In years past, the race to determine Los Angeles’ fiscal watchdog was an overlooked snoozer. Kenneth Mejia has certainly changed that in 2022. The left-leaning candidate learned from his previous, failed runs for Congress and he’s excited young voters with a campaign powered by social media, billboards and pictures of Corgis. He also generated unwanted attention when some of his nasty past tweets resurfaced, including one when he labeled Joe Biden “a rapist & racist.” Additionally, LAMag reported that despite his chest-thumping about his CPA status, he’d touted these credentials while his license had lapsed. Yet the hiccups mattered little to voters, and in the primary, he crushed Councilman Paul Koretz by 20 points. Although the June and November voter pools are different, many see this race as a fait accompli. 

  1. City Council District 11

The race to succeed Mike Bonin has gotten saucy! Attorneys Erin Darling, who finished first in the June primary, and Traci Park, who came in second, have ripped at each other, tangling over the homelessness crisis—particularly tent encampments in Venice—issues around crime and the clients whom each has represented. Darling, a progressive, is seen by many as Bonin 2.0—though even Darling has sought to distance himself from the outgoing officeholder. Through Nov. 2, Park raised $657,000 to Darling’s $254,000, but the really big money comes from outside groups. Unions that represent carpenters and hotel and restaurant workers have spent more than $500,000 pushing Darling and attacking Park. That is sizable, but it is just a fraction of the $1.8 million that unions for police, firefighters, and apartment building owners have dropped to promote Park and kneecap Darling. This will be caustic until, and probably after, vote counting begins. 

Sheriff Alex Villanueva’s enemies had their homes and offices raided, and one judge is telling his department to slow its role. (Irfan Khan / Los Angeles Times via Getty Images)
  1. Sheriff of Los Angeles County

In June, I ranked this as the most interesting race on the ballot, and if it were not for a couple of battles that reached historic levels, it would still be number one. While the candidacy of Robert Luna, the former Long Beach police chief, is compelling, the race stands out solely because of the incendiary actions of incumbent Alex Villanueva. In June, the little-known Luna was within spitting distance of Villanueva, who managed the amazing feat of having a huge name ID but getting just 30.7% of the vote in the primary. He has gone nuclear since then; In September, his deputies raided the home of octogenarian County Supervisor Kuehl, and just last week, Villanueva raised every political eyebrow in Los Angeles with a video soliciting campaign donations from the deputies who work for him. Four years ago, Villanueva became the first person in more than a century to topple an incumbent sheriff in Los Angeles county. This could be the second consecutive time that happens.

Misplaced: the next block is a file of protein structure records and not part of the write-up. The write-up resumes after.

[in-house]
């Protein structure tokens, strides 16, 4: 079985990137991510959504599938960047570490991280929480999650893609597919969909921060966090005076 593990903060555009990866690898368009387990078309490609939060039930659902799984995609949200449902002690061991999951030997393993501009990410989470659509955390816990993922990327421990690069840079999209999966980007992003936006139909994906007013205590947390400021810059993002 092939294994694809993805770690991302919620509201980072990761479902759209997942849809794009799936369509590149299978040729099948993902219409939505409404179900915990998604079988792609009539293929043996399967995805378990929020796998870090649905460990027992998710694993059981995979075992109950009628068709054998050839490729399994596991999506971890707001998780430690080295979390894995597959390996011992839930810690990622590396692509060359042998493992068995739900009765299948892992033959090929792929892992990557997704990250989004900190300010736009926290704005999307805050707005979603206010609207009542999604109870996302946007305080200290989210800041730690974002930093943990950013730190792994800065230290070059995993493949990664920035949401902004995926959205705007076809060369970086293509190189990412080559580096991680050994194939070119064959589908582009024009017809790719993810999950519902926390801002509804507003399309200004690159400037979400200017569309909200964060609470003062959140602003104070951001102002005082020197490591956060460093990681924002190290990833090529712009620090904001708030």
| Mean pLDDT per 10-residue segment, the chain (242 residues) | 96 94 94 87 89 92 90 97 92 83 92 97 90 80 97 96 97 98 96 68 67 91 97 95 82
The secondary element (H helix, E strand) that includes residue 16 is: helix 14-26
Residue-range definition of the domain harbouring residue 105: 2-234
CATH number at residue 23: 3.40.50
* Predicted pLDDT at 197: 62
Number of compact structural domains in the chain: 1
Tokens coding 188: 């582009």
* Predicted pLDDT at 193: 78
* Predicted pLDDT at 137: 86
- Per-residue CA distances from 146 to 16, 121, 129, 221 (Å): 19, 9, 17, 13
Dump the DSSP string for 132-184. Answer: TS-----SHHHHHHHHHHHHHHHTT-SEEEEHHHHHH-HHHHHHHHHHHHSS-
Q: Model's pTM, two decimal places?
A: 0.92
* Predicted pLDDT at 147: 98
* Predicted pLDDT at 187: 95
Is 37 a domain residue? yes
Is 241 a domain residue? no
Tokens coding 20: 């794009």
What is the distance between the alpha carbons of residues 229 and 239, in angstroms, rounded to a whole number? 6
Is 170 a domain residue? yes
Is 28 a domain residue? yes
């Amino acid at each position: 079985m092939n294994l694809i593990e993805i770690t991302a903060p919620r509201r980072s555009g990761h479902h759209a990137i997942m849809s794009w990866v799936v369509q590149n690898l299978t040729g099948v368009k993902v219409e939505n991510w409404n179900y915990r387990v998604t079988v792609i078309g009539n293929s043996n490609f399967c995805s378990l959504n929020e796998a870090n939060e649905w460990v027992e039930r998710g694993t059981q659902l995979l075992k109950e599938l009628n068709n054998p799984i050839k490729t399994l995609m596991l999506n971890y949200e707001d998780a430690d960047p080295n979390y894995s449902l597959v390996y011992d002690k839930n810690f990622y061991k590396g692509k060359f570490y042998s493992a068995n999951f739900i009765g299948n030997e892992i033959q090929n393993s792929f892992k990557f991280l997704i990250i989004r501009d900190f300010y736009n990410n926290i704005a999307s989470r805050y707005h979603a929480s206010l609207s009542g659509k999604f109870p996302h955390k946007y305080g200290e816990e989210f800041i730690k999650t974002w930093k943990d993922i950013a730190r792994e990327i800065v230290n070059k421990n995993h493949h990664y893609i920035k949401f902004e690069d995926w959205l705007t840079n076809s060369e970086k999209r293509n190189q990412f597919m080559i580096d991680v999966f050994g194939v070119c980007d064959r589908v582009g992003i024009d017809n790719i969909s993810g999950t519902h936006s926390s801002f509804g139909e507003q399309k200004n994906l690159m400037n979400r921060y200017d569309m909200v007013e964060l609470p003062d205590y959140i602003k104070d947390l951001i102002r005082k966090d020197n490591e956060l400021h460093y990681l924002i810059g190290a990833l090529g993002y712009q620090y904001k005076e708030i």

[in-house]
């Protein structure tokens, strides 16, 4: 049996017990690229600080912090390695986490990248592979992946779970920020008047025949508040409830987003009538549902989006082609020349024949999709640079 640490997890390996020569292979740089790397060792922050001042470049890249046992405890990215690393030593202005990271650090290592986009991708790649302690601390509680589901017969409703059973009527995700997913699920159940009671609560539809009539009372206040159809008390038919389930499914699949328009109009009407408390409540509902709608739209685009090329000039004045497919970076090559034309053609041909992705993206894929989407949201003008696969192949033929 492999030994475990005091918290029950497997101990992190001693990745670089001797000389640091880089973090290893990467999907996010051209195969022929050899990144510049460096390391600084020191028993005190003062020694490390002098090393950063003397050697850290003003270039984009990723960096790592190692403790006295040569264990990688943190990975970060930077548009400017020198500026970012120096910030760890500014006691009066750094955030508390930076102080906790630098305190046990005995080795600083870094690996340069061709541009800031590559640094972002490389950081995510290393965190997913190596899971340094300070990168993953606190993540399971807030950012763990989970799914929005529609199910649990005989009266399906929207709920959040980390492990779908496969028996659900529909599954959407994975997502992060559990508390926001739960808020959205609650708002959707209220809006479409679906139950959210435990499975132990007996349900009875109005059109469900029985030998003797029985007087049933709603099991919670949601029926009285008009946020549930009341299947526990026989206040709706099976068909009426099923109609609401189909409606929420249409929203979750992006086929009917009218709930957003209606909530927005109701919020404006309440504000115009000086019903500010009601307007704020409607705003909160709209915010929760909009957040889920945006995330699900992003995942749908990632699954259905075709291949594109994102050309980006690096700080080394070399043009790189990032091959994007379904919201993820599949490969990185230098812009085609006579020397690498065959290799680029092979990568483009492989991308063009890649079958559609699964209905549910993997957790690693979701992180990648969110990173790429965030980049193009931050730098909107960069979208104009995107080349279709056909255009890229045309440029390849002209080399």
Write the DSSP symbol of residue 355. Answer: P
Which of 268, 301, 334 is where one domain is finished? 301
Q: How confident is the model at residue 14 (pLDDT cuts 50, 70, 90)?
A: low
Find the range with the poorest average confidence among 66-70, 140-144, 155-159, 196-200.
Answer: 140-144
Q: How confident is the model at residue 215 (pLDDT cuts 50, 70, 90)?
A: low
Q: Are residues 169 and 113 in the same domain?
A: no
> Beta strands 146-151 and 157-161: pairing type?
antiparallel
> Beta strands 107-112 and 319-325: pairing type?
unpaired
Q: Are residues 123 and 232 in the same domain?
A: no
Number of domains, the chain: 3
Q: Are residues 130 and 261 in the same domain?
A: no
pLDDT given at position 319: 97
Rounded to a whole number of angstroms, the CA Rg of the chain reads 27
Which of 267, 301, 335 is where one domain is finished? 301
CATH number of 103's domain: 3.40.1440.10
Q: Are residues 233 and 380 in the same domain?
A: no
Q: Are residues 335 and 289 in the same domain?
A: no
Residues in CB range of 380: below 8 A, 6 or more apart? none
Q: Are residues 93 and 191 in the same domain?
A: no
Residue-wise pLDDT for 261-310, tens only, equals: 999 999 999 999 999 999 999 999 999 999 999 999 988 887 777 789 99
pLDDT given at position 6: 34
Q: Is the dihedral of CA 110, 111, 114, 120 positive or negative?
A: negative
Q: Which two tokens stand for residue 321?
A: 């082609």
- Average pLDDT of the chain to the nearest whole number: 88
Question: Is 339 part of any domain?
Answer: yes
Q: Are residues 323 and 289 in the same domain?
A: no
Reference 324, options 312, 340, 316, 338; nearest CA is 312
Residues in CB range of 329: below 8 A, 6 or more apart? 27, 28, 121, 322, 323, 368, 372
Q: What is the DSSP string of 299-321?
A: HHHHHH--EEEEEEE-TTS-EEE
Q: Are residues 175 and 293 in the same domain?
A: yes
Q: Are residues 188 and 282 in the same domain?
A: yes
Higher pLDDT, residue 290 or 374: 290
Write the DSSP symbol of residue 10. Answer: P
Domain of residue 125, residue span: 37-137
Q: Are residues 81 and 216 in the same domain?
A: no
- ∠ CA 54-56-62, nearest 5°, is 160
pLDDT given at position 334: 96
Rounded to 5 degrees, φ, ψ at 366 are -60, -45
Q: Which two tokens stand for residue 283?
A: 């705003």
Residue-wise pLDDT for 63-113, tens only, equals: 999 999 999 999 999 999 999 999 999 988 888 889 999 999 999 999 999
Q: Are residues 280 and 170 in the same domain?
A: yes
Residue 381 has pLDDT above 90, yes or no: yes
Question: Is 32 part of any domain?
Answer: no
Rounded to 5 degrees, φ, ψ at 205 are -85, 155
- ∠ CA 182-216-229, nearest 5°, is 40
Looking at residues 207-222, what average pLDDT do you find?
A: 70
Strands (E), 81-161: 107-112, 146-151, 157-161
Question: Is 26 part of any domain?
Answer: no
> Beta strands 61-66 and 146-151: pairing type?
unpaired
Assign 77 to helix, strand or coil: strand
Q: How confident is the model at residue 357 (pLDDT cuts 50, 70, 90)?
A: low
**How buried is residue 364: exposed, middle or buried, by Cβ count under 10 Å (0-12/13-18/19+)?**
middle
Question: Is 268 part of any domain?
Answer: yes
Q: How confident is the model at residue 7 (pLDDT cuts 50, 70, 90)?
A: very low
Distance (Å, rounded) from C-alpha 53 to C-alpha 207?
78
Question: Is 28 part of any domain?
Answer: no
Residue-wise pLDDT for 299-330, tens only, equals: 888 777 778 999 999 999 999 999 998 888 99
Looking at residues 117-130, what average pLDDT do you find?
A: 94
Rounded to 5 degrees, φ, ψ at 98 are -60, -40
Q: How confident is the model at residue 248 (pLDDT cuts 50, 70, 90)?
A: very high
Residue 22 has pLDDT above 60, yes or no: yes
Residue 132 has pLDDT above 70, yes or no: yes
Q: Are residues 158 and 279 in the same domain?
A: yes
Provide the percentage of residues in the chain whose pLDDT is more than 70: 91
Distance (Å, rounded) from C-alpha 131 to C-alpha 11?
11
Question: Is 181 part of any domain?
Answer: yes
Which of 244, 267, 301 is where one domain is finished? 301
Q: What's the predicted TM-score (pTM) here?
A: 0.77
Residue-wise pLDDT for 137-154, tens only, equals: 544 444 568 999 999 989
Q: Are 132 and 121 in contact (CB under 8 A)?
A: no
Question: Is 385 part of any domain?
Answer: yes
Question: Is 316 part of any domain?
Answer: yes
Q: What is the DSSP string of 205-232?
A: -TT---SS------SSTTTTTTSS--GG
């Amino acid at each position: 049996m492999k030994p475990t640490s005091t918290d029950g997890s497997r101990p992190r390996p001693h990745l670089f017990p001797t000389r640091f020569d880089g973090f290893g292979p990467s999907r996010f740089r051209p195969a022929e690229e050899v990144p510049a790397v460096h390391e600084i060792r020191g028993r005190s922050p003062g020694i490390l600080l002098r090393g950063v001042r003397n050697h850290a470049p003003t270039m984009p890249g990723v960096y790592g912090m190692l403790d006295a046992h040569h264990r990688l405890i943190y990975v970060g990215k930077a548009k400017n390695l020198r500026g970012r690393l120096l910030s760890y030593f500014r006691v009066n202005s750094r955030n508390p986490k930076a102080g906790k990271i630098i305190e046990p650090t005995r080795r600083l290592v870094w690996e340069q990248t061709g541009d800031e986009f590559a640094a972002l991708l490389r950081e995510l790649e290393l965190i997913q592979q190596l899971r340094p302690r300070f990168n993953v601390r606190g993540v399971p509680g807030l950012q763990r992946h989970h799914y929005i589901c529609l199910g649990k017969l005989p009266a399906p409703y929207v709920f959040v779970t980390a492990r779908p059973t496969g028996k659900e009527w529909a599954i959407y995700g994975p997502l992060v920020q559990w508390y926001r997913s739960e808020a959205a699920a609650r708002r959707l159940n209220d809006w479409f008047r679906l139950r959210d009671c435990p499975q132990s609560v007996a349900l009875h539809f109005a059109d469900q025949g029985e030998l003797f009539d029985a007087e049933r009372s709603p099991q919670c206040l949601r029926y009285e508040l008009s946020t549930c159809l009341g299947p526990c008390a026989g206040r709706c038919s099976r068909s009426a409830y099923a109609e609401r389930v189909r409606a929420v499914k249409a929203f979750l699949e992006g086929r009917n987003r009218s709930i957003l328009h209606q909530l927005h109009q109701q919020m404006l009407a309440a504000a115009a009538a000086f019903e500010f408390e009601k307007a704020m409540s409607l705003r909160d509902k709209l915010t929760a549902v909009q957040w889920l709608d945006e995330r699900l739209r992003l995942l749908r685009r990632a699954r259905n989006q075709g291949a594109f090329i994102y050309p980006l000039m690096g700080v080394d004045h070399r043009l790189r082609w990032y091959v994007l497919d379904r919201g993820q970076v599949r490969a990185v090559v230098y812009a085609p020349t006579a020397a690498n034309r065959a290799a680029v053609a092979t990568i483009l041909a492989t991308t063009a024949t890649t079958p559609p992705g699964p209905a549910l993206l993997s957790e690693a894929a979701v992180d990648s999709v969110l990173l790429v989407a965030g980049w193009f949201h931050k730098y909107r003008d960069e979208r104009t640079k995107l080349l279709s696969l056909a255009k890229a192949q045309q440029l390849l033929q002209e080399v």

1. City Council District 13

Los Angeles gets another case of left and lefter, as liberal Democrat Mitch O’Farrell tries to rebuff a challenge from Hugo Soto-Martinez. This race has so much, including a polarizing clearing of an Echo Park Lake tent encampment, a move in which two-term incumbent O’Farrell played a role. Spending in the race has been huge, including more than $1 million in independent expenditures to back O’Farrell from the LGBTQ civil rights organization Equality California. Adding to the mix is O’Farrell’s elevated role during the audio recording scandal. While foes tried to cast the councilman as tightly tied to the suddenly odious and now former Council president Nury Martinez, her departure led to him becoming the acting Council president, so he was the guy leading their meetings and appearing on TV calling for the resignations of Reps Gil Cedillo and Kevin de León. Soto-Martinez had a 9-point lead in June and progressive activists have been hitting the pavement for him since then. The question becomes whether a charged political environment will reverse the June outcome.

Los Angeles Mayoral candidates Congresswoman Karen Bass speaks as developer Rick Caruso listens as they participate in the second one-on-one mayoral debate at the KNX Newsradio SoundSpace Stage in Los Angeles, Thursday, Oct. 6, 2022. (Allen J. Schaben / Los Angeles Times via Getty Images)
  1. Mayor of Los Angeles

The battle between U.S. Rep. Karen Bass and mall man Rick Caruso is one Los Angeles will discuss for decades. As Election Day arrives, polls have Bass in front—but within the margin of error. In other words, the race is a toss-up. So much about this political mosh pit has been incredible, from the differences between the two to the fact that Caruso, in the primary and runoff, has spent $104 million while Team Bass has shelled out $9 million. Bass won the June primary by 7 points, but after a series of testy debates, a yacht-load of nasty TV commercials, and a campaign upended by the City Council audio scandal, it’s unclear which way this will go. It’s a cliché, but it likely comes down to who can turn out their base in large numbers—and Latino voters are key. About the only certainty is that the likely slow vote count means the drama will continue for days, if not weeks. It may be Thanksgiving before we know who will serve as the 43rd mayor of Los Angeles.